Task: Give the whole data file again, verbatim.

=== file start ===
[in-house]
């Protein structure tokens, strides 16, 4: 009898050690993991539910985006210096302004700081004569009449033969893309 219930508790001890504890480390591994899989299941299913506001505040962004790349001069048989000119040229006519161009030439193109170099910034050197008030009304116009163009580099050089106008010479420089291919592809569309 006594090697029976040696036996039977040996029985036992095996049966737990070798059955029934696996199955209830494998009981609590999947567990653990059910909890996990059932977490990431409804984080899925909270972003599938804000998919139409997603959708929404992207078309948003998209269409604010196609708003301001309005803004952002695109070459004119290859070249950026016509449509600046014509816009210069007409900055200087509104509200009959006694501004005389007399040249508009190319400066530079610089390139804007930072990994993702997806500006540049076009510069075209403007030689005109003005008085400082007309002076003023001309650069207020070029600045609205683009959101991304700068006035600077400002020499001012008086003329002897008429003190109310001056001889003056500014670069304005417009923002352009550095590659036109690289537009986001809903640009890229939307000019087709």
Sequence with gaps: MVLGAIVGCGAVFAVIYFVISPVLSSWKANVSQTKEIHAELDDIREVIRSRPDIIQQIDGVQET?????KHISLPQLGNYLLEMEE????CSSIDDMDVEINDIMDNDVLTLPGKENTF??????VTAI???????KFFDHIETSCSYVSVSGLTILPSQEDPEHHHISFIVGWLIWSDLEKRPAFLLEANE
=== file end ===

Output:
[in-house]
């Protein structure tokens, strides 16, 4: 009898050690993991539910985006210096302004700081004569009449033969893309 219930508790001890504890480390591994899989299941299913506001505040962004790349001069048989000119040229006519161009030439193109170099910034050197008030009304116009163009580099050089106008010479420089291919592809569309 006594090697029976040696036996039977040996029985036992095996049966737990070798059955029934696996199955209830494998009981609590999947567990653990059910909890996990059932977490990431409804984080899925909270972003599938804000998919139409997603959708929404992207078309948003998209269409604010196609708003301001309005803004952002695109070459004119290859070249950026016509449509600046014509816009210069007409900055200087509104509200009959006694501004005389007399040249508009190319400066530079610089390139804007930072990994993702997806500006540049076009510069075209403007030689005109003005008085400082007309002076003023001309650069207020070029600045609205683009959101991304700068006035600077400002020499001012008086003329002897008429003190109310001056001889003056500014670069304005417009923002352009550095590659036109690289537009986001809903640009890229939307000019087709």
Sequence with gaps: MVLGAIVGCGAVFAVIYFVISPVLSSWKANVSQTKEIHAELDDIREVIRSRPDIIQQIDGVQET?????KHISLPQLGNYLLEMEE????CSSIDDMDVEINDIMDNDVLTLPGKENTF??????VTAI???????KFFDHIETSCSYVSVSGLTILPSQEDPEHHHISFIVGWLIWSDLEKRPAFLLEANE